Having learned a bit more about how the visual classes fit together, I
    realise now that NSView was the wrong class to ask about; I was thinking
    of NSWindow. I realise now that NSView is fairly analogous to JPanel in
    Java, and thus is not likely to be a top-level window within an app.

    > I'm doubtful this can be done; or at least, if it can, it would require
    > some very tricky hacking (i.e. injecting code into other apps.)
    > Definitely not a newbie project, I'm afraid.

    Fair enough. I found some material after I asked the question that
    hinted at an API for getting *some* sort of information about other
    windows, but it didn't look promising - very basic stuff. I guess there
    are also security concerns about cross-app access.

    It was just an idea that floated across my mind (after experiencing some
    'unhelpful' window issues in Xcode's environment) that would have helped
    me - but I have too much still to learn to tackle something that bold,
    so consider that idea shelved indefinitely.

    Thanks for the reply.

    --
    Jason Teagle
  • On 19 May 2012, at 2:29 PM, Jason Teagle wrote:

    > I realise now that NSView is fairly analogous to JPanel in Java, and thus is not likely to be a top-level window within an app.

    Conceptual note: The Xerox Star, Apple Lisa, and Apple Macintosh had windows: Independent, top-level containers that can be moved independently and freely positioned, even over each other.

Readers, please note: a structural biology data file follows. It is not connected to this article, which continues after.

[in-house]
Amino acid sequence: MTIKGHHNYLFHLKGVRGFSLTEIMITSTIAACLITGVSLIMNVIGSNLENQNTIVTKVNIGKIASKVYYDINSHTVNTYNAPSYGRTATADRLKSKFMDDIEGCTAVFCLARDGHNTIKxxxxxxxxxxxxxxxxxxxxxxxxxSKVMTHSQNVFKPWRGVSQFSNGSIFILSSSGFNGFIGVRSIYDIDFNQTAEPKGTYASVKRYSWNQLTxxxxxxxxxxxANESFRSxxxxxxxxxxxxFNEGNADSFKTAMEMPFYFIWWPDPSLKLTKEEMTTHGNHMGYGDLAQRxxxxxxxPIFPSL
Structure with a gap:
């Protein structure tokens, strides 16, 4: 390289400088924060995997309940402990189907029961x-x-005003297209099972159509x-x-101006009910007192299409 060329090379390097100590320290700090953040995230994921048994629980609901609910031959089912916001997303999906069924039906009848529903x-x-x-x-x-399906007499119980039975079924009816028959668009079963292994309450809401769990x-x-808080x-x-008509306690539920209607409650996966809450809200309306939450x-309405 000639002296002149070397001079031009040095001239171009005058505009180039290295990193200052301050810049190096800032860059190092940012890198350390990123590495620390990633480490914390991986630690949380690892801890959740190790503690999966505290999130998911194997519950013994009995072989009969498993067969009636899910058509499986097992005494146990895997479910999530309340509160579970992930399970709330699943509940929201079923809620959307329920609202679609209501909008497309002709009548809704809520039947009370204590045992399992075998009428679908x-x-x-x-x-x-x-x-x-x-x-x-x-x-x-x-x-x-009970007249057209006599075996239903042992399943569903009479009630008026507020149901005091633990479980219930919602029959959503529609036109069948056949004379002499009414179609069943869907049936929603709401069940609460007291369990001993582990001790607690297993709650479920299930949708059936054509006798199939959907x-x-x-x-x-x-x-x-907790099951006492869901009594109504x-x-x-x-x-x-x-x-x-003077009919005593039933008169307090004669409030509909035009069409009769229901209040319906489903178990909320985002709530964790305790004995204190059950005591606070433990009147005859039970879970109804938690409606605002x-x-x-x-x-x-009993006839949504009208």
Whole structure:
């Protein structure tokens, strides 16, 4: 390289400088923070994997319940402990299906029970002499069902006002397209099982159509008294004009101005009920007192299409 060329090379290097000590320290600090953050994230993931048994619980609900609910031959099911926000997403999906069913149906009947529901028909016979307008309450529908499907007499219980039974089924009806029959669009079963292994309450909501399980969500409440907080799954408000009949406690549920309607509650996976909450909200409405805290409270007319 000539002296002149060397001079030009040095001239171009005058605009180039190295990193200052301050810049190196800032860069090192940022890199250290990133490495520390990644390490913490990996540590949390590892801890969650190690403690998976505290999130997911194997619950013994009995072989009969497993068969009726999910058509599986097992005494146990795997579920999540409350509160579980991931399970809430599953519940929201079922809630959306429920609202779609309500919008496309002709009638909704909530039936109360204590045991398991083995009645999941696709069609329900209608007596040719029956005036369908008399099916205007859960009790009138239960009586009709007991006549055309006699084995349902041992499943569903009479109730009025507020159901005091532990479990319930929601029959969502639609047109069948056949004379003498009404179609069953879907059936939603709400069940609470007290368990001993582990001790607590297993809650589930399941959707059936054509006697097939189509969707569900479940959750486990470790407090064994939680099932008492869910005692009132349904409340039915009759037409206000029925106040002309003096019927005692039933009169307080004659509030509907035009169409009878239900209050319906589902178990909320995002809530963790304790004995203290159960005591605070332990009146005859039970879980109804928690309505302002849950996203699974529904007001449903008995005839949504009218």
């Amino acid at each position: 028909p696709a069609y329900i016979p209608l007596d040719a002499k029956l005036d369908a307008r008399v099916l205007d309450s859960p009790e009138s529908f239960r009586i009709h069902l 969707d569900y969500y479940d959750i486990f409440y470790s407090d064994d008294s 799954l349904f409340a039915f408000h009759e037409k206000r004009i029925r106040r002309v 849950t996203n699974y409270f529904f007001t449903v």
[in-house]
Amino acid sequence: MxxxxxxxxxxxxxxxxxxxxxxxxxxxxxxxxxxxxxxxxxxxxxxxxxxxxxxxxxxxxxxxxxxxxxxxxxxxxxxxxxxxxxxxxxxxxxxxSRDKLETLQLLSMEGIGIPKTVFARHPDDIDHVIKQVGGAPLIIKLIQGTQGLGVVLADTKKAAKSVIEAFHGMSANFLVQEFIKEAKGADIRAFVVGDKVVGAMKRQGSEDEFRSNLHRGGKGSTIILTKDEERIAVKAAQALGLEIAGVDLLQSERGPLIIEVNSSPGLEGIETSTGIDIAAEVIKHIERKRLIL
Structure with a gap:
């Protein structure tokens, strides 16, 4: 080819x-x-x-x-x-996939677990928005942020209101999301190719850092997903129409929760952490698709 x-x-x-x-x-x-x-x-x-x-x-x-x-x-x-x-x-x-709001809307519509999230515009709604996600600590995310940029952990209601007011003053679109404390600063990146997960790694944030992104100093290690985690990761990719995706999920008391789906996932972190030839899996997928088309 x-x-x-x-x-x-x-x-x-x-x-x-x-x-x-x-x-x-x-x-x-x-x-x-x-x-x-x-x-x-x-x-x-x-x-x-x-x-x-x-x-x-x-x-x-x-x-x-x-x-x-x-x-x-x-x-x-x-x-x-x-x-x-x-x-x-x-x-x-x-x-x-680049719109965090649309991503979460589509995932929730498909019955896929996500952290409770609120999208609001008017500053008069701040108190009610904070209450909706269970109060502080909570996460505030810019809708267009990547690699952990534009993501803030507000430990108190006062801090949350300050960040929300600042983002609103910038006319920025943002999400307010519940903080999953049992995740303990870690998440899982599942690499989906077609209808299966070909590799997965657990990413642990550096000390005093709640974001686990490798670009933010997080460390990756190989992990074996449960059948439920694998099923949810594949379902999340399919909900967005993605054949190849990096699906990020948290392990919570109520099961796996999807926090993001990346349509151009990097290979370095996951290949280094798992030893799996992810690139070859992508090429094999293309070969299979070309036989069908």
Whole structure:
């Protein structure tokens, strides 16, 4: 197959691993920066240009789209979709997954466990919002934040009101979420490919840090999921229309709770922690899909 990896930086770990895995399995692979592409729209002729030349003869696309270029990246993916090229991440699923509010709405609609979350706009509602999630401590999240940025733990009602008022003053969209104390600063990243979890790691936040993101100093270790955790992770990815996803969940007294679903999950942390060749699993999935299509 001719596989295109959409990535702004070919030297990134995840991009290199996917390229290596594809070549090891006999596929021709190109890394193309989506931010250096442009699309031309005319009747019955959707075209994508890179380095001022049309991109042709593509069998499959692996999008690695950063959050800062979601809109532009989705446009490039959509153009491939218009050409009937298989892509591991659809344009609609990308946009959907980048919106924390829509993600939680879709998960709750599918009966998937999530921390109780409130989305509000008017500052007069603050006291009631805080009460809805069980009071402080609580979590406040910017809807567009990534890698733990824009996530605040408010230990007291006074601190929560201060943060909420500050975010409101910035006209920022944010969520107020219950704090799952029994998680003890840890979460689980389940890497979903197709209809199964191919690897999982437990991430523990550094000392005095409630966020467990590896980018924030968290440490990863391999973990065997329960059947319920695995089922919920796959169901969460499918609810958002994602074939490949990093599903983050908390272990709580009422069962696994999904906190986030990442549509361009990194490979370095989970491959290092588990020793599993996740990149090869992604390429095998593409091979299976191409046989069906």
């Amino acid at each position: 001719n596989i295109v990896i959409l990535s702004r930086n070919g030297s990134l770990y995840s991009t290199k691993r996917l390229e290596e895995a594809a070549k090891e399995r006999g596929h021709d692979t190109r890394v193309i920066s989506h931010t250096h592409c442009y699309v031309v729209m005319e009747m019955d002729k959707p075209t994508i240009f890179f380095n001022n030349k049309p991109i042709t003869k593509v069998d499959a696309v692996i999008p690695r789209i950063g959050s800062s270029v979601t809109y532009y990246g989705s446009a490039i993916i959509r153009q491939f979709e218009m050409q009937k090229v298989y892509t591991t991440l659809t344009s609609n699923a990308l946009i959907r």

Overlapping, independently-positionable windows, with mid-'80s technology, involved either a superfast (for the time) central processor (Xerox), or some very clever programming (Apple). It was a hard problem.

    Microsoft solved the problem by declaring any _non_-overlapping rectangle tiled on the screen to be a "window." QED. It eventually got z-ordered clipping down, and modern Windows permits objects to be moved freely, but that's not how it started. As I understand it, any discrete thing on the screen is still called a "window."

    In Mac OS, views are _never_ windows, nor windows views. (And screens aren't windows, and screen spaces aren't screens.) Subclasses of NSViews are interesting because they alone can draw, and respond to events, but they can't have any presence on the screen, or role in event handling, without an enclosing NSWindow. NSWindow isn't interesting, because its role in an application is strictly stereotyped; you can have a long career in Mac programming without ever subclassing NSWindow or even thinking much about how it works.

    A view is not merely "[un]likely to be a top-level window," it is impossible. The two can't be interchanged.

    Slow down on your (apparent) assumption that the Windows Way (or even the iOS Way, though it's closer) is how Mac OS works. Go back to the Programmer's Guides, and don't rush in before you have the concepts.

    — F

    --
    Fritz Anderson -- Xcode 4 Unleashed, now in stores -- <http://x4u.manoverboard.org/>
  • My last message descended into advocacy, which isn't productive in a technical forum. If it was a troll, I didn't intend it, and I hope nobody else rises to it.

    I stand by what I said about Cocoa design patterns.

    — F